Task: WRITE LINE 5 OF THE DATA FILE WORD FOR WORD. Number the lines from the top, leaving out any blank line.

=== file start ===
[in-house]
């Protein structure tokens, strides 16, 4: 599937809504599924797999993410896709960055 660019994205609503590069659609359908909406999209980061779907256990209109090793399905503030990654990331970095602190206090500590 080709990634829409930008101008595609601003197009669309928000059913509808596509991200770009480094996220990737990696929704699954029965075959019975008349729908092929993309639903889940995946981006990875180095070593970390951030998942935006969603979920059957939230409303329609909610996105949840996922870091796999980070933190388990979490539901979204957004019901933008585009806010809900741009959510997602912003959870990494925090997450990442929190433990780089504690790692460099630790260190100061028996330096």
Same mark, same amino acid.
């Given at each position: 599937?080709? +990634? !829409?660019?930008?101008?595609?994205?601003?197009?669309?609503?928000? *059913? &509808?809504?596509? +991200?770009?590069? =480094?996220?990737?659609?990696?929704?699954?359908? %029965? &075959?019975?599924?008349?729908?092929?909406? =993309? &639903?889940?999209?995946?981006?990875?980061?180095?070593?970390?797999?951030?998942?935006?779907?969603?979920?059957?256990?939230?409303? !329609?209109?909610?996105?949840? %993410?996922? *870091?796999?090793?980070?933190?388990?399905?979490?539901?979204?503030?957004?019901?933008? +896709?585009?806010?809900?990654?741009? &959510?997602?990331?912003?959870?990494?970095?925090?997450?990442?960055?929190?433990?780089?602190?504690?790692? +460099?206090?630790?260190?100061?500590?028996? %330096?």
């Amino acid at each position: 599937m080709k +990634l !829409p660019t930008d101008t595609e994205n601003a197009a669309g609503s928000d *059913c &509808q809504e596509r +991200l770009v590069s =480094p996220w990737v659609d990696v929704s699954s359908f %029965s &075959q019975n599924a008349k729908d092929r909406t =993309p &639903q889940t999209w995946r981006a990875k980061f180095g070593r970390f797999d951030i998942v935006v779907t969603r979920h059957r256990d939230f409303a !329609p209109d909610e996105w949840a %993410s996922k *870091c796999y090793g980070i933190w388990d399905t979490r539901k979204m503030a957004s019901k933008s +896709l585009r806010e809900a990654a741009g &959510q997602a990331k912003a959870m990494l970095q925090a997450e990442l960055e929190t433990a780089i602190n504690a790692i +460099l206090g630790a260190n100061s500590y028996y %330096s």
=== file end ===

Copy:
């Amino acid at each position: 599937m080709k +990634l !829409p660019t930008d101008t595609e994205n601003a197009a669309g609503s928000d *059913c &509808q809504e596509r +991200l770009v590069s =480094p996220w990737v659609d990696v929704s699954s359908f %029965s &075959q019975n599924a008349k729908d092929r909406t =993309p &639903q889940t999209w995946r981006a990875k980061f180095g070593r970390f797999d951030i998942v935006v779907t969603r979920h059957r256990d939230f409303a !329609p209109d909610e996105w949840a %993410s996922k *870091c796999y090793g980070i933190w388990d399905t979490r539901k979204m503030a957004s019901k933008s +896709l585009r806010e809900a990654a741009g &959510q997602a990331k912003a959870m990494l970095q925090a997450e990442l960055e929190t433990a780089i602190n504690a790692i +460099l206090g630790a260190n100061s500590y028996y %330096s």